…is all I seem to have managed this half term.
I finally got round to giving the silk thread I had painted with silk paints a more thorough coat of yellow, going from this, with too many pale areas:
To this, dried, fixed and all neatly wound and ready for use:
I found a piece of tiny cross stitch knot garden work that I’d started at an Embroiderers’ Guild meeting ages ago and finished off the back stitch on that. I’m not sure what the count of the aida is, but each motif is about an inch square and is worked in a single strand of stranded silk.
I also rediscovered a canvaswork brooch from a kit that I’d worked all apart from the edging last Easter. I didn’t like the sparkly black chainette the kit contained for the edging and so I substituted a thick soft silk in a very dark blue.
I might well have rejected the chainette on the grounds that it would be difficult to sew with – the silk is a complete nightmare! You get one easy stitch (the first pass through the canvas) and then it snags, twists and knots on everything from the edges of the canvas to your fingers. No wonder I didn’t finish it at the time! But now I’m so close to a finish, I’m using very short lengths and using it as an exercise in patience and acceptance!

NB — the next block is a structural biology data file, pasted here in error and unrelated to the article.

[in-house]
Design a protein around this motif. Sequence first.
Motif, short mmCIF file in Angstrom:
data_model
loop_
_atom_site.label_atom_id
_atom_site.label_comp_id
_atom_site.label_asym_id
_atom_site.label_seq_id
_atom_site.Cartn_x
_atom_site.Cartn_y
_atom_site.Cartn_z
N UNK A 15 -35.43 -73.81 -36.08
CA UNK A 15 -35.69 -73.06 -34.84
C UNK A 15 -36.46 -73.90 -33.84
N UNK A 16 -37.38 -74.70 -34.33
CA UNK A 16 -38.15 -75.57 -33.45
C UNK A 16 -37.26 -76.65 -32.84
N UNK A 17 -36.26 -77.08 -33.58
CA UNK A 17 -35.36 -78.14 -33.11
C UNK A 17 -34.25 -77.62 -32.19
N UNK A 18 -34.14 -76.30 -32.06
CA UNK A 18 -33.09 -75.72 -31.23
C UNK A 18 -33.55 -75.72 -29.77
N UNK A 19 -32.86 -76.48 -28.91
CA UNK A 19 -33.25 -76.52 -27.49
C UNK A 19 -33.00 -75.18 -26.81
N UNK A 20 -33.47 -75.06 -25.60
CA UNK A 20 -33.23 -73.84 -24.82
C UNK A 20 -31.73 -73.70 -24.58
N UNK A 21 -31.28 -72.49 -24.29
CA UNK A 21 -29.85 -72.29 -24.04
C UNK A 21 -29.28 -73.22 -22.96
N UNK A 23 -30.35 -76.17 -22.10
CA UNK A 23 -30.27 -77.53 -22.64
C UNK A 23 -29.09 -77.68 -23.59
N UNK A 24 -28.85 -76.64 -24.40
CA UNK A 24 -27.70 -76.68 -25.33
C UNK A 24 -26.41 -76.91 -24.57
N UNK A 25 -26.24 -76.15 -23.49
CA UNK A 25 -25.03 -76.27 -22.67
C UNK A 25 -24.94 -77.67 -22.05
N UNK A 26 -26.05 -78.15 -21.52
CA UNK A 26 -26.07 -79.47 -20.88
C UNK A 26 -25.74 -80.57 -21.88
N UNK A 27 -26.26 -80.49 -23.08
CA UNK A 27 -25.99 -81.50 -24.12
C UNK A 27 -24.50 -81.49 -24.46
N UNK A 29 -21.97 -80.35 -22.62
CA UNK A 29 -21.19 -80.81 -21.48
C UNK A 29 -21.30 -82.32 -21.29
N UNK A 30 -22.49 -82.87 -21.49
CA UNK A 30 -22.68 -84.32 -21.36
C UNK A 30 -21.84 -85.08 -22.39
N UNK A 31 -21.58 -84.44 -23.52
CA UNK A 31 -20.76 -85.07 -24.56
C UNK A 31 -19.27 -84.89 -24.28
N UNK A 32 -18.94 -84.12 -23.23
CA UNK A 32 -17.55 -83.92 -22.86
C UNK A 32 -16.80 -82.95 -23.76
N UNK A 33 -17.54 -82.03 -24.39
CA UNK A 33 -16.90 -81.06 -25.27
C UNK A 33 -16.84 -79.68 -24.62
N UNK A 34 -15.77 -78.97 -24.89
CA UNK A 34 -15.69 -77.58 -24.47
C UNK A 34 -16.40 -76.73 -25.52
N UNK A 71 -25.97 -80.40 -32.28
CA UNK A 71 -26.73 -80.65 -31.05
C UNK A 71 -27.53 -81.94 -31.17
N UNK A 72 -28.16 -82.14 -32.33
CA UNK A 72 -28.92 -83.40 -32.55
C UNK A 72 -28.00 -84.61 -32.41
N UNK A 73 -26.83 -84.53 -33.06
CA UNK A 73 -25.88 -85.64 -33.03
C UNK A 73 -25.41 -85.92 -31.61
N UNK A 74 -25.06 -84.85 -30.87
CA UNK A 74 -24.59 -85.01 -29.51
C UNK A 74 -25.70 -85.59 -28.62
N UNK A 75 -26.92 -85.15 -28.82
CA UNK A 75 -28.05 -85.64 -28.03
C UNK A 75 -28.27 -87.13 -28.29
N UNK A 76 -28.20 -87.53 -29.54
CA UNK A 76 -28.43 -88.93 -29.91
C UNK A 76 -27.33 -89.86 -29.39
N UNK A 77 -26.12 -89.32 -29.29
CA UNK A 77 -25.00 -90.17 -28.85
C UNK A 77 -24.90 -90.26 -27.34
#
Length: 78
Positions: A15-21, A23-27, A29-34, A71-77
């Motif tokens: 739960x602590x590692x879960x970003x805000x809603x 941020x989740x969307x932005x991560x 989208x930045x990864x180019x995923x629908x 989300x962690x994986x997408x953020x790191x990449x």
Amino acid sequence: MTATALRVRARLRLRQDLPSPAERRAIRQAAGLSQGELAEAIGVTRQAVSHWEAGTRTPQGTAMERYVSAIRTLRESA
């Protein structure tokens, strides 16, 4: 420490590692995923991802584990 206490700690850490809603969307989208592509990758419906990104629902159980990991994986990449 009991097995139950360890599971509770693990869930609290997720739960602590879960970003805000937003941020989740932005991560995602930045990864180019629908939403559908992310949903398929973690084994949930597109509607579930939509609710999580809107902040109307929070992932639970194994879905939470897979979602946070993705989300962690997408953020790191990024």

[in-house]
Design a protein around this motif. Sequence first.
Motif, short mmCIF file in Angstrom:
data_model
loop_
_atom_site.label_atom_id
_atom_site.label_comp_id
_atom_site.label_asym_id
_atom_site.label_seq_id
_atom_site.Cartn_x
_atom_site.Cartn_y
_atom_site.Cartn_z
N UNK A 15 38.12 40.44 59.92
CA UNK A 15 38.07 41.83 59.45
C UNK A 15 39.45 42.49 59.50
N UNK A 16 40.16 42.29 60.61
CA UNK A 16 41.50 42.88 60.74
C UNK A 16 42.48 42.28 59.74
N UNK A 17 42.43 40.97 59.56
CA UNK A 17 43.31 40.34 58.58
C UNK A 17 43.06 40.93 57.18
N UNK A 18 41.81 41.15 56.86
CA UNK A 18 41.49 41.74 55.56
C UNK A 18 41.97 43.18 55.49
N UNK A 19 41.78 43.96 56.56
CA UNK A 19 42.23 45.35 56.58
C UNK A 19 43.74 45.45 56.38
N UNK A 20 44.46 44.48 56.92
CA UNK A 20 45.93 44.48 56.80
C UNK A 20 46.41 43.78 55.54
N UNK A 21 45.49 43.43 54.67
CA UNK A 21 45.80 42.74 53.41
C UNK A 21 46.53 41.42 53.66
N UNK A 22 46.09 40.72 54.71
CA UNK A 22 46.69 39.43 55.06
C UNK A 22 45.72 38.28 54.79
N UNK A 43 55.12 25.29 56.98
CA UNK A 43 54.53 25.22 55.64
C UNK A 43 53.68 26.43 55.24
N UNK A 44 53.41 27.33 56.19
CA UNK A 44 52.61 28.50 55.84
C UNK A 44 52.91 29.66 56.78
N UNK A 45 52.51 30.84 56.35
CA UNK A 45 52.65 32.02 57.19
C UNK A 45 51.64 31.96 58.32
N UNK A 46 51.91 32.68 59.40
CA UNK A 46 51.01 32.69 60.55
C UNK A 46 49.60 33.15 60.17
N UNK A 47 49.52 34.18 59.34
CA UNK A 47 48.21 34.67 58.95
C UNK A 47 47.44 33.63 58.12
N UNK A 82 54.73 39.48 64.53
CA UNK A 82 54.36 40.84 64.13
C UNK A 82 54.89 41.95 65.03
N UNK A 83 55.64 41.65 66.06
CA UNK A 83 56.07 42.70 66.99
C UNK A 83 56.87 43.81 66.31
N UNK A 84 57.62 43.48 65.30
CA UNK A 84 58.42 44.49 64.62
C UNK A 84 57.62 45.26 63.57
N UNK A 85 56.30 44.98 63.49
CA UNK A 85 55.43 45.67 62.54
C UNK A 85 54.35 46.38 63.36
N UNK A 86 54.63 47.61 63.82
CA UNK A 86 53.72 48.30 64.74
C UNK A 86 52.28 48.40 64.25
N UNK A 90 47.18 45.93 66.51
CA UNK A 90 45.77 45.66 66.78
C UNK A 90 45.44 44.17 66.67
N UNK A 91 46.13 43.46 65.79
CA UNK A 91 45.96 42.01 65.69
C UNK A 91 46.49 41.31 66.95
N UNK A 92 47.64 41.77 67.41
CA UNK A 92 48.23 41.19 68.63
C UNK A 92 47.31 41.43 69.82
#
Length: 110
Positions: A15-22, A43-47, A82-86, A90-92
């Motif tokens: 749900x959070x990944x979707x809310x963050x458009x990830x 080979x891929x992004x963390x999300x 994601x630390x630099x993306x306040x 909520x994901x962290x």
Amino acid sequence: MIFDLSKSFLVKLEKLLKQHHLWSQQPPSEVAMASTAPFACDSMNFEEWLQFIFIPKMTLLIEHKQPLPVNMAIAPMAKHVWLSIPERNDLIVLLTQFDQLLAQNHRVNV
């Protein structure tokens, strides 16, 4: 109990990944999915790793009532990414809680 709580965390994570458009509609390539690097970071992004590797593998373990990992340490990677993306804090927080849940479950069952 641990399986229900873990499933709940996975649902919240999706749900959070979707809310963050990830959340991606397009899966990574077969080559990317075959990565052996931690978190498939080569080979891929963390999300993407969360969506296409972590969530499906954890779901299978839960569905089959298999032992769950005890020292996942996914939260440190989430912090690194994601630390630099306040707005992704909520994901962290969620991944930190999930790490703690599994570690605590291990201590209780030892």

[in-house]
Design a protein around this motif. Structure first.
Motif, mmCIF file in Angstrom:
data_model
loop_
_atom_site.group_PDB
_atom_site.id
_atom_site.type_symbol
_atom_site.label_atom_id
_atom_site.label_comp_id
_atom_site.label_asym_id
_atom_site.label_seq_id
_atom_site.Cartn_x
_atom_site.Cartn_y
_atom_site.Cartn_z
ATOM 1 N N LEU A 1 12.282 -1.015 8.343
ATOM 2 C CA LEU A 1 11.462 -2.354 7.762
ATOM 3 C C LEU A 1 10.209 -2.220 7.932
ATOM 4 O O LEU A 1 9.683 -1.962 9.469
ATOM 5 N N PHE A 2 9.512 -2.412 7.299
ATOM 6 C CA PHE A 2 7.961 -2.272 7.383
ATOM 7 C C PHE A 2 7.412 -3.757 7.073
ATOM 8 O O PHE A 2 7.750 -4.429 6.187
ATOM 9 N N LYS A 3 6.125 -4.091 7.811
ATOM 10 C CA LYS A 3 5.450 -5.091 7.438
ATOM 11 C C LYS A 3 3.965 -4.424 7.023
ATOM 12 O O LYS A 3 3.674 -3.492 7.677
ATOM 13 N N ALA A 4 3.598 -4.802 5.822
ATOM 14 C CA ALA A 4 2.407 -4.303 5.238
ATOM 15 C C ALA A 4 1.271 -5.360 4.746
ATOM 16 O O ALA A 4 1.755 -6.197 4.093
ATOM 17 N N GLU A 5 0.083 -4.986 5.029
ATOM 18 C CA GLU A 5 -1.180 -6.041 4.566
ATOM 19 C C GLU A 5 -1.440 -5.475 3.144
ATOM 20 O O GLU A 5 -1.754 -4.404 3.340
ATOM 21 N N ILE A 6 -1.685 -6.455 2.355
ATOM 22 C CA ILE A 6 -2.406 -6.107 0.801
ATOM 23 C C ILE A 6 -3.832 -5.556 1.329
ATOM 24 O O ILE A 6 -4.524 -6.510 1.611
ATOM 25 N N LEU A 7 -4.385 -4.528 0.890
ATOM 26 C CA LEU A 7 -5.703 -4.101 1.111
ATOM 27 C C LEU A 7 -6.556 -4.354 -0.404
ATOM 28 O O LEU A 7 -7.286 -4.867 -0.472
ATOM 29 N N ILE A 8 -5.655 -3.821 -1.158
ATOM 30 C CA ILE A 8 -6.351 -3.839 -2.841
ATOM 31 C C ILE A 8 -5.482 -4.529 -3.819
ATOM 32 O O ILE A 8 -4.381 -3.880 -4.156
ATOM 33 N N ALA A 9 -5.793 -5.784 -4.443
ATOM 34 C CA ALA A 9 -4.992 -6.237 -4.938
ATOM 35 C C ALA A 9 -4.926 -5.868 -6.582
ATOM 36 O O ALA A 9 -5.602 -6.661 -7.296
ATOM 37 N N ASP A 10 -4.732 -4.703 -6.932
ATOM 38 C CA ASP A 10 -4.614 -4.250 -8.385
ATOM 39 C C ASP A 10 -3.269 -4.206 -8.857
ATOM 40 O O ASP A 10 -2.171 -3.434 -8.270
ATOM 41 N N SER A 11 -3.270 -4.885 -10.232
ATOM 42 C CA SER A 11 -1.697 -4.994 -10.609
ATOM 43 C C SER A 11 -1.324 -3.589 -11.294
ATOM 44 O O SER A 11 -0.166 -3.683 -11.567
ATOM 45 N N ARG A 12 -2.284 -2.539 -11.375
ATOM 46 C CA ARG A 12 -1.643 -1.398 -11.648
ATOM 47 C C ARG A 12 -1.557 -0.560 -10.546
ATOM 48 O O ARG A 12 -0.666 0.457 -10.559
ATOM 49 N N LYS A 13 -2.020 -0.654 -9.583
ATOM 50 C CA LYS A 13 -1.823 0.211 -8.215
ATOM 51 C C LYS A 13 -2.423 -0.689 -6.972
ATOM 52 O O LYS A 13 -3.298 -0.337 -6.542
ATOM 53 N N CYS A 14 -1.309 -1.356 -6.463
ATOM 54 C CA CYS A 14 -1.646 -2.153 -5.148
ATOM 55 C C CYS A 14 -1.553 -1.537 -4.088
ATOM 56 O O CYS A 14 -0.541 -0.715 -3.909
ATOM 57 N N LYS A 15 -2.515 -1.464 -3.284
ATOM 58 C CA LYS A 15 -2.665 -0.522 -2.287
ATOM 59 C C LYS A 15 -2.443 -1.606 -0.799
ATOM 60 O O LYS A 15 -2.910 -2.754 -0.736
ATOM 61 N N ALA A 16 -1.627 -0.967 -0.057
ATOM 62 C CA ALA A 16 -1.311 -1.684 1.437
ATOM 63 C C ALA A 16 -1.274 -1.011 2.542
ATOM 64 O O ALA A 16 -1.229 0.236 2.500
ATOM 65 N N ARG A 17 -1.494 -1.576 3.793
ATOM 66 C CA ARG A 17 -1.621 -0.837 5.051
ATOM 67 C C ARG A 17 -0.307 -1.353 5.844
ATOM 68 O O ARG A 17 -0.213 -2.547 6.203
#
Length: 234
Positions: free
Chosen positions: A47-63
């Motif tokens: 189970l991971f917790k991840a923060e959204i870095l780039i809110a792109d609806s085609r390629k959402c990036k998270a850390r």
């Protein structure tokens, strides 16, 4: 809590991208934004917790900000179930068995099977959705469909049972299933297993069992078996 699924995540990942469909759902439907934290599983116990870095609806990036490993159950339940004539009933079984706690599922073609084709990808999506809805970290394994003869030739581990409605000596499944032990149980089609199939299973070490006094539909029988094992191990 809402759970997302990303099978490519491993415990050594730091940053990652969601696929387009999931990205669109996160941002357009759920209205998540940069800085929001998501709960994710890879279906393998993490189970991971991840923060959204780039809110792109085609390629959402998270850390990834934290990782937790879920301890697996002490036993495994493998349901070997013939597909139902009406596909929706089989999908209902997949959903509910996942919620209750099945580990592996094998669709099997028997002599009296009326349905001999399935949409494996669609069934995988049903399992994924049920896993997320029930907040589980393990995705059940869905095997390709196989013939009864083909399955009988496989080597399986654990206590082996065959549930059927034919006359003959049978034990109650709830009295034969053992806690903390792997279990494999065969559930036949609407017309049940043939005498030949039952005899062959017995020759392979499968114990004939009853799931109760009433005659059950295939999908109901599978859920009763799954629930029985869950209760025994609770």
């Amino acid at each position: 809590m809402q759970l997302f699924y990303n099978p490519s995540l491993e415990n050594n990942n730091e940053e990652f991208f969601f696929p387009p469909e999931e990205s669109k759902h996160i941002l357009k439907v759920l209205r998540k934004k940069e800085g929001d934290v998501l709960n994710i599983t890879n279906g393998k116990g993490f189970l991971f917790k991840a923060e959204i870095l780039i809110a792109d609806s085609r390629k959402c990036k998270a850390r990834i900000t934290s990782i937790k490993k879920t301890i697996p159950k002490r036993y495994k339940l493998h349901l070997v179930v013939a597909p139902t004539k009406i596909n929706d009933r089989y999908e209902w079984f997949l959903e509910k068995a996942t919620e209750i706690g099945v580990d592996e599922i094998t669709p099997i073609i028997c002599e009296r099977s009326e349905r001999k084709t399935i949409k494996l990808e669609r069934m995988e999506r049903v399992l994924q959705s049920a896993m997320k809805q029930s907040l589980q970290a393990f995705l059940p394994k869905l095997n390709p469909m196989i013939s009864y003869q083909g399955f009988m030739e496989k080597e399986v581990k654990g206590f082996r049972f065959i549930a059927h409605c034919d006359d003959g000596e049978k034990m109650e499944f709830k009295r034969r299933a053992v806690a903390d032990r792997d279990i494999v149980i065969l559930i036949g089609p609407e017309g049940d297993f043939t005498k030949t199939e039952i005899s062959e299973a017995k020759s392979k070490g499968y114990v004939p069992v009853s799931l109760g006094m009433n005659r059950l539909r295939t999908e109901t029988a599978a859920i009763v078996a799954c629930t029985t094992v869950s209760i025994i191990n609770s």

So I decided to let it star in its own piece of stitching, curled into a spiral and caged with feather stitch in sandy shades on a hand dyed piece of cotton in toning colours.
Beads and dangles are caught in the feather stitch like snagged debris.
The organic shape and natural colours of the feather stitch and the way it was partially hiding the rope strand, made me think of the way sea life grows on and around the waste we dump into it and led to the split stitch caption: reclaimed by the sea…..
Back to work tomorrow, but I’m hoping most of the children in my class will have completed the Artists’ Trading Card challenge I set them for half term homework.